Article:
That breakup was how the Lord got ahold of me. For a long time I knew I needed to turn back to Him and finally listen to His voice. He had been whispering into my soul, like a parent whispers too closely in a child’s ear when chastising at a dinner table, and the whisper makes them flinch and squirm because it tickles, but not in a funny way. I couldn’t ignore it anymore.

“My son, do not despise the chastening of the Lord, nor detest His correction; for whom the Lord loves, He corrects, just as a father the son in whom he delights.” (Proverbs 3:11-12) 

In my life, I had stopped seeking God. I chased feelings and intuitions instead of prayerfully asking the Lord for guidance and peace. I listened to my own overly emotional and foolish heart over listening to the wisdom and discernment of the Holy Spirit. In no uncertain terms, I was running. I had found what I thought I wanted, and I didn’t want to hear what God had to say, for fear it would contradict my desires. 

And on the surface of it all, I Netflixed the days away. While my heart was wasting in torture and turmoil, I naively believed the longer I watched Netflix, the longer I could put off the change I knew needed to happen. 

As a result, I gladly gave Him the attention I once rendered to Netflix and all my social media platforms. I found a year-long Bible reading plan and started reading the Bible as well as embarking on some devotionals. I also dove into Christian books by authors like Gary Thomas, John Bevere and Timothy Keller, among others. I used that time instead to seek Him diligently. My desire became to know Him intimately and to grow my love for Him unlike ever before. Now, I can humbly say that God is my greatest love, and my desire is for Him.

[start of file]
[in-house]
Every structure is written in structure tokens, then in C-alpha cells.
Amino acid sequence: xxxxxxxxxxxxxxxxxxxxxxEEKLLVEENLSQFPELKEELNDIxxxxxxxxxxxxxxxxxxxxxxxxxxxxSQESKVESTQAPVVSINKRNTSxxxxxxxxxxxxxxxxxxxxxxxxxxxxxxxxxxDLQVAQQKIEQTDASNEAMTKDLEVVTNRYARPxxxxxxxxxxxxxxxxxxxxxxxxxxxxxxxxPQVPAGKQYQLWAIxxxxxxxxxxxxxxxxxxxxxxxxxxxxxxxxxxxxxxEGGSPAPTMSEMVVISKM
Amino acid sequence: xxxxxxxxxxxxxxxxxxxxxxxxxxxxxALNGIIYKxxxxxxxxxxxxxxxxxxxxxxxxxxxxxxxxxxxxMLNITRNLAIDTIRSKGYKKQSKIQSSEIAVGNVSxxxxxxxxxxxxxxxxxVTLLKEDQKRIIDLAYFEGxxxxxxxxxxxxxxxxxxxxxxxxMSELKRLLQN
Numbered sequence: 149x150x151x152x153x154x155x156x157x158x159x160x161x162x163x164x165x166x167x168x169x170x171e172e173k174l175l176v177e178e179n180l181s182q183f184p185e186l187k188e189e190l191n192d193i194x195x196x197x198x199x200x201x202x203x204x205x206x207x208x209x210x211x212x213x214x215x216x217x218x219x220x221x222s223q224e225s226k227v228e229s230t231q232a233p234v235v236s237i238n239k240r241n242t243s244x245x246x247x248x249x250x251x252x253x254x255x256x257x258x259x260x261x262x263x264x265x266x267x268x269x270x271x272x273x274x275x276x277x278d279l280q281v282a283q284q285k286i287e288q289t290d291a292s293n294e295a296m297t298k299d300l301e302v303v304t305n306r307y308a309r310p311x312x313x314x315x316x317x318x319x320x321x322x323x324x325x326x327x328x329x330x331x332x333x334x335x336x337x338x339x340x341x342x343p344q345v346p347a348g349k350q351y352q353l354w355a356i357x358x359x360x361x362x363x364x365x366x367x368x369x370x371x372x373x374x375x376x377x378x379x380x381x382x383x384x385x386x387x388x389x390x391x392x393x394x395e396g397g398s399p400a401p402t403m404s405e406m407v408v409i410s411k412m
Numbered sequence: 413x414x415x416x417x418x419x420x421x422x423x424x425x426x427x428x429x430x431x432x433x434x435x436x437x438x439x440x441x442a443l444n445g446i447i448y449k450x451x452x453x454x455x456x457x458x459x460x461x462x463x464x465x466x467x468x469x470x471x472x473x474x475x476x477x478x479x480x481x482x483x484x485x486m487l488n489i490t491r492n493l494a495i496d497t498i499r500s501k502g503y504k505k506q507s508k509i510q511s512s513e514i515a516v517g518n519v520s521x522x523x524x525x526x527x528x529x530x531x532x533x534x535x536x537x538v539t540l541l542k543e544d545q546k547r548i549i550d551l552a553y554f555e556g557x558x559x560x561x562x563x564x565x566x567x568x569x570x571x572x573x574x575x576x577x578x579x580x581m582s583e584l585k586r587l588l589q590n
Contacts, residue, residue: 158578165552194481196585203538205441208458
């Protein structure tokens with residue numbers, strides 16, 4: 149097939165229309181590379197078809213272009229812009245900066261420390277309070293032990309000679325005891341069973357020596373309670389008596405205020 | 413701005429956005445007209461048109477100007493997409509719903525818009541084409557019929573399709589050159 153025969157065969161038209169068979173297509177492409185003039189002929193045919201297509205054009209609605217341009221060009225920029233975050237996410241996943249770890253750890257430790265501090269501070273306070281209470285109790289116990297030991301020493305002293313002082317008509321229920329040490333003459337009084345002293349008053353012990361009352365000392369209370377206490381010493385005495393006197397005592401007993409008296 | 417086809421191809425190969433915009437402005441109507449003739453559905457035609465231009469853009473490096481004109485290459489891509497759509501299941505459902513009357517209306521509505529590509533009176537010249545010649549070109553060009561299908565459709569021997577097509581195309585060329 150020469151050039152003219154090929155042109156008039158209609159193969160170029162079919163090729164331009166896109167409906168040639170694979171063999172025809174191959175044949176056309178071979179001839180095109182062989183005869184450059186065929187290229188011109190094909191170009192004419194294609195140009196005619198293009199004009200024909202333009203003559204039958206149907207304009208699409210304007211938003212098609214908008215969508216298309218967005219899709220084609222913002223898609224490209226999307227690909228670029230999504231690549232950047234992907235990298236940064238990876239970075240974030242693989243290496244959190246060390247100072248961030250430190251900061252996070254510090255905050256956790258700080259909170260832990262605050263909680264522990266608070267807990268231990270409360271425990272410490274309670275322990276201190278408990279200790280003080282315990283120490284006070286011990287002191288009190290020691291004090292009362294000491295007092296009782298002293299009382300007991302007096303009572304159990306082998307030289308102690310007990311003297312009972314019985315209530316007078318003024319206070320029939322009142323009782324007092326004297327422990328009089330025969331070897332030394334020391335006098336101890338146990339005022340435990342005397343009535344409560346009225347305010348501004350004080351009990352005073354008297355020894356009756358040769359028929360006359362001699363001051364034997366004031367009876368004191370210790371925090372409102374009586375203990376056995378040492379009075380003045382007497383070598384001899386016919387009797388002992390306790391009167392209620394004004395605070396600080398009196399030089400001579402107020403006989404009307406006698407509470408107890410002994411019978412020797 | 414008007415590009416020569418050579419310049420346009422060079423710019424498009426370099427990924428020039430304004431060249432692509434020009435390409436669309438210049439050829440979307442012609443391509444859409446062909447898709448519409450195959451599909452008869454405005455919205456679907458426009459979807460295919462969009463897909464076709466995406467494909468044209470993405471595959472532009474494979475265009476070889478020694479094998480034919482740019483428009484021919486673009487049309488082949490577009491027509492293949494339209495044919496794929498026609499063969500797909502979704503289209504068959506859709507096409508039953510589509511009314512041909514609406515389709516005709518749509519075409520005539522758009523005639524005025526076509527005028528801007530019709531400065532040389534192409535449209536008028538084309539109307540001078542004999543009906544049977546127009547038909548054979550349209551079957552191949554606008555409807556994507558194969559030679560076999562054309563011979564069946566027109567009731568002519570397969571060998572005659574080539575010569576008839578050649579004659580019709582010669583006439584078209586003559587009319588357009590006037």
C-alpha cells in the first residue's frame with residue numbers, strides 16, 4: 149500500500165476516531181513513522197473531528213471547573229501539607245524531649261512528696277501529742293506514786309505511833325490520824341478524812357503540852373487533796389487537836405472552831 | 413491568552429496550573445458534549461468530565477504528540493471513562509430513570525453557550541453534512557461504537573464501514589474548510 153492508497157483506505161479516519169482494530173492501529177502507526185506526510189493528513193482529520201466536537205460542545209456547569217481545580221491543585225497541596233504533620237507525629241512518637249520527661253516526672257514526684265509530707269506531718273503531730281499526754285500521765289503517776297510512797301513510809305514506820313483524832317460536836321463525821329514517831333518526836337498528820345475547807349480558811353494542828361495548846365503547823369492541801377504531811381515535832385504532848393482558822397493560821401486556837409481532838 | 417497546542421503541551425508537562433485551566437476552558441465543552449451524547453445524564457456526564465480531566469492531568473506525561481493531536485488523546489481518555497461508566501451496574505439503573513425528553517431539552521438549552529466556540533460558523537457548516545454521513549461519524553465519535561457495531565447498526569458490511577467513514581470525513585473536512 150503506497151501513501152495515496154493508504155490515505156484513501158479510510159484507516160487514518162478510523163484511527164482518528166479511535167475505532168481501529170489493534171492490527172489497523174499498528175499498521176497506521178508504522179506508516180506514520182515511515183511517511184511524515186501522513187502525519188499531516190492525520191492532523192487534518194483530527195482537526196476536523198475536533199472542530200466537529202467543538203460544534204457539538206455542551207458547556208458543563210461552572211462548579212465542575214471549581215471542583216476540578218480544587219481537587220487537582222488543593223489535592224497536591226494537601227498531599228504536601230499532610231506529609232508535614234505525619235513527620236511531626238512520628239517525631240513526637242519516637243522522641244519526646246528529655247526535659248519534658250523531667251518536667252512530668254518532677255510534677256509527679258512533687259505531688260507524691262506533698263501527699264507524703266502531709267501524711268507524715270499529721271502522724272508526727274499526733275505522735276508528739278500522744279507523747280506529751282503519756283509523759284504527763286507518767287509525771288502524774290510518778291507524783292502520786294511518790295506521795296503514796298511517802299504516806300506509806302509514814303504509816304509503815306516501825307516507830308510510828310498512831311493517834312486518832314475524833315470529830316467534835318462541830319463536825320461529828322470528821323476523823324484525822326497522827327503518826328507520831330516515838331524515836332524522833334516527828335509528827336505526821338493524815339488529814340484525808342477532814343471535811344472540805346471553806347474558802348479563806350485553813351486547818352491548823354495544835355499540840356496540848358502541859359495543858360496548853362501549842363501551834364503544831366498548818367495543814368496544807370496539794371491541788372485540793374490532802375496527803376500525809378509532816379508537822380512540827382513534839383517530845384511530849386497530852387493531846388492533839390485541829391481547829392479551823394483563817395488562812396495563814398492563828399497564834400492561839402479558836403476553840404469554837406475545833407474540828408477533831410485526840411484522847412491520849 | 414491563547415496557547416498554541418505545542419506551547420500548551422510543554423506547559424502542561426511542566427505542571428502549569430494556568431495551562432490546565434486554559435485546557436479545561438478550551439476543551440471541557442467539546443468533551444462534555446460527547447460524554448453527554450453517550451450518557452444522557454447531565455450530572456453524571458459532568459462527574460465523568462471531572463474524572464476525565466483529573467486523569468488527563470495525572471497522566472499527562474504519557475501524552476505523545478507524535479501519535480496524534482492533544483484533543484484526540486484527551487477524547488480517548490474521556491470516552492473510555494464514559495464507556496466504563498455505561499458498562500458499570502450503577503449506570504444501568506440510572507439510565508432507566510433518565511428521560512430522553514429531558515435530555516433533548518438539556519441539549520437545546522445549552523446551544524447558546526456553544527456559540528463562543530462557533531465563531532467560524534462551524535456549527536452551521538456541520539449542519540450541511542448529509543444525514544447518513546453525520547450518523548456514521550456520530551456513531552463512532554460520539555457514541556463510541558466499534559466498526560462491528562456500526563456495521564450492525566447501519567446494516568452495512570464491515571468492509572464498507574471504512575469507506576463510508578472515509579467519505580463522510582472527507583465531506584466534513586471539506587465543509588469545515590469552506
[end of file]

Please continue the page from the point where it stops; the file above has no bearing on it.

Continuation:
Maybe for you it’s not Netflix. Maybe it’s Facebook, Instagram, or Twitter. Maybe your job is your shield, or your spouse is your escape. Maybe a hobby, an addiction or a toxic relationship is causing your growing separation from the Lord. In any case, I want to challenge you to look inside your heart. Ask yourself honestly if you’re running to anything before running to God for guidance, safety, and peace. Is anything besides Jesus taking the first place in your heart? 

If so, be encouraged. Just as you are sick of running and hiding behind something or someone, Jesus is just as eager and ready to receive you with open arms. Matthew 7:7 tells us: “Ask, and it will be given to you; seek and you will find; knock and the door will be opened to you.” It is a breath of fresh air knowing that as we seek Him, we find Him. He doesn’t hide Himself from us, rather, He pulls us out of our deep ruts (which we often create ourselves), and places us right next to Him with nothing but love in His heart and tenderness in His eyes. 

Are you ready to make a change? Here’s a prayer you can follow:

Lord, forgive me for placing other things or people on the throne of my heart. I surrender to You, and my desire is for You to be my greatest love. Give me courage to remove whatever is taking up my affection, that I may replace it with my earnest love for You. Teach me to love You more than ever before. I want to know You, God. Reveal yourself to me through your Holy Spirit, that I might grow in closeness with You, my Heavenly Father. In Jesus’ name, Amen. 


This article was originally published on the writer’s blog  here. This version has been edited by YMI.